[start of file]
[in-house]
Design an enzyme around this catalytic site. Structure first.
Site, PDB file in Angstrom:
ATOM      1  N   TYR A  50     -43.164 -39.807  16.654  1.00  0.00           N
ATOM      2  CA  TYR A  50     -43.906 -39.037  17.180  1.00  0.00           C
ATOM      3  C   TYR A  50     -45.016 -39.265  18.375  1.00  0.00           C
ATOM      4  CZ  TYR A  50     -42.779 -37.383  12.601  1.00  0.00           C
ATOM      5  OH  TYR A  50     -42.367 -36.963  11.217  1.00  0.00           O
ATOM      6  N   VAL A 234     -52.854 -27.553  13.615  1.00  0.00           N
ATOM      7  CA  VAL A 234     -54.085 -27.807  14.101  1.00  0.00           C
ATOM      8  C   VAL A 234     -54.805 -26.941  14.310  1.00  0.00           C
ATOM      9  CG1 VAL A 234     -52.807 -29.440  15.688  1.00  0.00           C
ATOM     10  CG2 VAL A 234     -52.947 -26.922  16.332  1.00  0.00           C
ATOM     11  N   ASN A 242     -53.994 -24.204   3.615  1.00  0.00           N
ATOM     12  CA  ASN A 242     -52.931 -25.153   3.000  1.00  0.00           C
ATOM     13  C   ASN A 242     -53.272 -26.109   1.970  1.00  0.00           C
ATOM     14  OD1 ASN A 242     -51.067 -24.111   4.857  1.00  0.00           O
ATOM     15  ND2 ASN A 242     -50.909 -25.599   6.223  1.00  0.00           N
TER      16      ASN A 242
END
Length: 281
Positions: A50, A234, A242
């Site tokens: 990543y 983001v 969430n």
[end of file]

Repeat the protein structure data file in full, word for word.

[in-house]
Design an enzyme around this catalytic site. Structure first.
Site, PDB file in Angstrom:
ATOM      1  N   TYR A  50     -43.164 -39.807  16.654  1.00  0.00           N
ATOM      2  CA  TYR A  50     -43.906 -39.037  17.180  1.00  0.00           C
ATOM      3  C   TYR A  50     -45.016 -39.265  18.375  1.00  0.00           C
ATOM      4  CZ  TYR A  50     -42.779 -37.383  12.601  1.00  0.00           C
ATOM      5  OH  TYR A  50     -42.367 -36.963  11.217  1.00  0.00           O
ATOM      6  N   VAL A 234     -52.854 -27.553  13.615  1.00  0.00           N
ATOM      7  CA  VAL A 234     -54.085 -27.807  14.101  1.00  0.00           C
ATOM      8  C   VAL A 234     -54.805 -26.941  14.310  1.00  0.00           C
ATOM      9  CG1 VAL A 234     -52.807 -29.440  15.688  1.00  0.00           C
ATOM     10  CG2 VAL A 234     -52.947 -26.922  16.332  1.00  0.00           C
ATOM     11  N   ASN A 242     -53.994 -24.204   3.615  1.00  0.00           N
ATOM     12  CA  ASN A 242     -52.931 -25.153   3.000  1.00  0.00           C
ATOM     13  C   ASN A 242     -53.272 -26.109   1.970  1.00  0.00           C
ATOM     14  OD1 ASN A 242     -51.067 -24.111   4.857  1.00  0.00           O
ATOM     15  ND2 ASN A 242     -50.909 -25.599   6.223  1.00  0.00           N
TER      16      ASN A 242
END
Length: 281
Positions: A50, A234, A242
């Site tokens: 990543y 983001v 969430n």